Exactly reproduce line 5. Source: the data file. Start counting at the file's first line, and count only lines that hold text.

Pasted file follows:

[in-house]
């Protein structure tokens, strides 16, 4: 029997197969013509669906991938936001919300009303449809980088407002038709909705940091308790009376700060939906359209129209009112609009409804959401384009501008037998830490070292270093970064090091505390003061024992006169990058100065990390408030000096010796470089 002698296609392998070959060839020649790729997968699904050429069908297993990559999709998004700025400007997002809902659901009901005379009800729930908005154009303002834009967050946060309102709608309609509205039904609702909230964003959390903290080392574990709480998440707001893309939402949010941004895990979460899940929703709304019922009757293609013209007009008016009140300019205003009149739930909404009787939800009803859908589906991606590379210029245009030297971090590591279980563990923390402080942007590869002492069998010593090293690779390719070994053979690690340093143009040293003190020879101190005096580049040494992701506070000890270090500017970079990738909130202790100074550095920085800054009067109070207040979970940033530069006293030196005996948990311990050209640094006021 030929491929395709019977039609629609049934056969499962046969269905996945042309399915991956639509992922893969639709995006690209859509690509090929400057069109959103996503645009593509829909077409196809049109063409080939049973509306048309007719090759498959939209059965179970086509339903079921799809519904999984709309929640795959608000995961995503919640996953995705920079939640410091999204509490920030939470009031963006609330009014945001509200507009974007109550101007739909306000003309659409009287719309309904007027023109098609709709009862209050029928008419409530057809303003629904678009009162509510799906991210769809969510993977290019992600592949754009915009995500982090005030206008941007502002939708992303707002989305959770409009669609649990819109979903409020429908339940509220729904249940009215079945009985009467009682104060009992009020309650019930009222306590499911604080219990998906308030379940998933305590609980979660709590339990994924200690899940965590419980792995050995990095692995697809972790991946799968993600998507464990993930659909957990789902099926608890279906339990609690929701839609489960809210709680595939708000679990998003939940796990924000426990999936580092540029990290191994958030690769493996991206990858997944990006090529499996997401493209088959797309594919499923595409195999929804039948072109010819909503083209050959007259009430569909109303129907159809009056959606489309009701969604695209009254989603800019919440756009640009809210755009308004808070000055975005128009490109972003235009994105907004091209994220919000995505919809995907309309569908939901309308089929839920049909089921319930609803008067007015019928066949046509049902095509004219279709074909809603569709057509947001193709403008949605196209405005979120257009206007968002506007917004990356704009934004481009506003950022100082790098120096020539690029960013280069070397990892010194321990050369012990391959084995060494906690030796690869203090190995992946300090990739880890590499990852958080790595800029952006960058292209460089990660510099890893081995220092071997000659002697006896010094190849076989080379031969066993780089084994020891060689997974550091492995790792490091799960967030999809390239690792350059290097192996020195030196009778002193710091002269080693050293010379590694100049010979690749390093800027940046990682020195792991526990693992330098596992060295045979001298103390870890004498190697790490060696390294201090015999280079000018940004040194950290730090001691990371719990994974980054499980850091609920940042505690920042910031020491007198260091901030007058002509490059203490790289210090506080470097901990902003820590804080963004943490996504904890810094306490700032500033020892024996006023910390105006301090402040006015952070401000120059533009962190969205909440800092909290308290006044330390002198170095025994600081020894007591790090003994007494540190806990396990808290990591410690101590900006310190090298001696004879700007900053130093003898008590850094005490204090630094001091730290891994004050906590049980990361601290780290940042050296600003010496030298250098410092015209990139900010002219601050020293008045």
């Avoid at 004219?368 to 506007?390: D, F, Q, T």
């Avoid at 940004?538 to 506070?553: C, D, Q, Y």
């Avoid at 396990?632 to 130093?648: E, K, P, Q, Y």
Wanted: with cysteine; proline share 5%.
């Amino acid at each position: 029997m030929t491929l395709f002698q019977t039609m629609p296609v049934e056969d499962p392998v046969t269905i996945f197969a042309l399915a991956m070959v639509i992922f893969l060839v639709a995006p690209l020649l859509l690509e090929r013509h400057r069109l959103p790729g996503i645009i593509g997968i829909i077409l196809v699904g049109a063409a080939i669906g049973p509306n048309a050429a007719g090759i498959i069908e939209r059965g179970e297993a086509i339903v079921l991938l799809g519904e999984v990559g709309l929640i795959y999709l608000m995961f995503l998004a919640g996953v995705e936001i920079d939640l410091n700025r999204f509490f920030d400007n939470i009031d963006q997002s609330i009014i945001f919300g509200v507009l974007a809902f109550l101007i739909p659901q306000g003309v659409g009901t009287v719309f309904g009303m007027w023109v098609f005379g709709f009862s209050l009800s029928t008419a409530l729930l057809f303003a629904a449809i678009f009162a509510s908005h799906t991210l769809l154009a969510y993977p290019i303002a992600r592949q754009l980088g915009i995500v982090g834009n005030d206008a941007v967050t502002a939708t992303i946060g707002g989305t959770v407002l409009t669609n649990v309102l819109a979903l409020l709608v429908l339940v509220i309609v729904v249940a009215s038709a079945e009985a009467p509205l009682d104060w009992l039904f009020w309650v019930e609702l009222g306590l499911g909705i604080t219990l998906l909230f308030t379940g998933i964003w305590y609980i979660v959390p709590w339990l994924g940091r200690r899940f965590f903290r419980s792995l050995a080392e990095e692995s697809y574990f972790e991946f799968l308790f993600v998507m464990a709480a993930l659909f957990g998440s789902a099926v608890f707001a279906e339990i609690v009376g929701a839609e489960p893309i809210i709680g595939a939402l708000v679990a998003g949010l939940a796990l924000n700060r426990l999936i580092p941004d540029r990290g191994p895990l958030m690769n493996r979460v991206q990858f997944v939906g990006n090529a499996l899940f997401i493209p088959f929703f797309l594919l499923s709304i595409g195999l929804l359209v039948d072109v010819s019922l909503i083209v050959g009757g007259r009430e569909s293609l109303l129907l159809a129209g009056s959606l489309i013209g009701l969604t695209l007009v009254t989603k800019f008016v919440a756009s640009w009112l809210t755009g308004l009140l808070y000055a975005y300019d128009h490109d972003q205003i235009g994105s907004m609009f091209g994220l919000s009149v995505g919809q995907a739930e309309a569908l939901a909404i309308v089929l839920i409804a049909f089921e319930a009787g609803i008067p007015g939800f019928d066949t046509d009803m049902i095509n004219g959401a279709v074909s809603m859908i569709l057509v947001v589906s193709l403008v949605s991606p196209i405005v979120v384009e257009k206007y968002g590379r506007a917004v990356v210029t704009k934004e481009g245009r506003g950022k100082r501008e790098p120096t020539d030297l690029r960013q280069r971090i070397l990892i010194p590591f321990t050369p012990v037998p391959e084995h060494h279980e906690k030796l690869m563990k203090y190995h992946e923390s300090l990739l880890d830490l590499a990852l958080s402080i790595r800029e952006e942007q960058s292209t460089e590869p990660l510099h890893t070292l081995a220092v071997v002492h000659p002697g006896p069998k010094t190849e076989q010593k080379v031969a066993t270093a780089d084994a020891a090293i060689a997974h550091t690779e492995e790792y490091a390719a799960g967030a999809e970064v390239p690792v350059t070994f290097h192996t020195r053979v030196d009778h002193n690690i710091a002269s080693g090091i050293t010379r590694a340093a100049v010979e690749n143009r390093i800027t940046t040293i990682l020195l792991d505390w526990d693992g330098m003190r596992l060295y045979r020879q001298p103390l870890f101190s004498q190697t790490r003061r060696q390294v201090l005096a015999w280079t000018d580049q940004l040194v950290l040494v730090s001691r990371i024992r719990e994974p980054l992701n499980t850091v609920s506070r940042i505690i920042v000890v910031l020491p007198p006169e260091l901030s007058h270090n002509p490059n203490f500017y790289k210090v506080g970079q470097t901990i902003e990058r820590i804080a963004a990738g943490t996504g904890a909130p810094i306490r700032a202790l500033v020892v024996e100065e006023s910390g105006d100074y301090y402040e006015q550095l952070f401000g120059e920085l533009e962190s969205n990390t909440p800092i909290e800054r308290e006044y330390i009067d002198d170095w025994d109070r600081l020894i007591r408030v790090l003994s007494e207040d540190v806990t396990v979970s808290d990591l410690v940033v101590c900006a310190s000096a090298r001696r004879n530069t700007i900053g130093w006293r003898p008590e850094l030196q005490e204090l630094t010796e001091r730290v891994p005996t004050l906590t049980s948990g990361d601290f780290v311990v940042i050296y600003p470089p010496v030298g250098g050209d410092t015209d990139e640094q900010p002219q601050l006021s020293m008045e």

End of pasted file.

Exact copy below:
């Avoid at 396990?632 to 130093?648: E, K, P, Q, Y």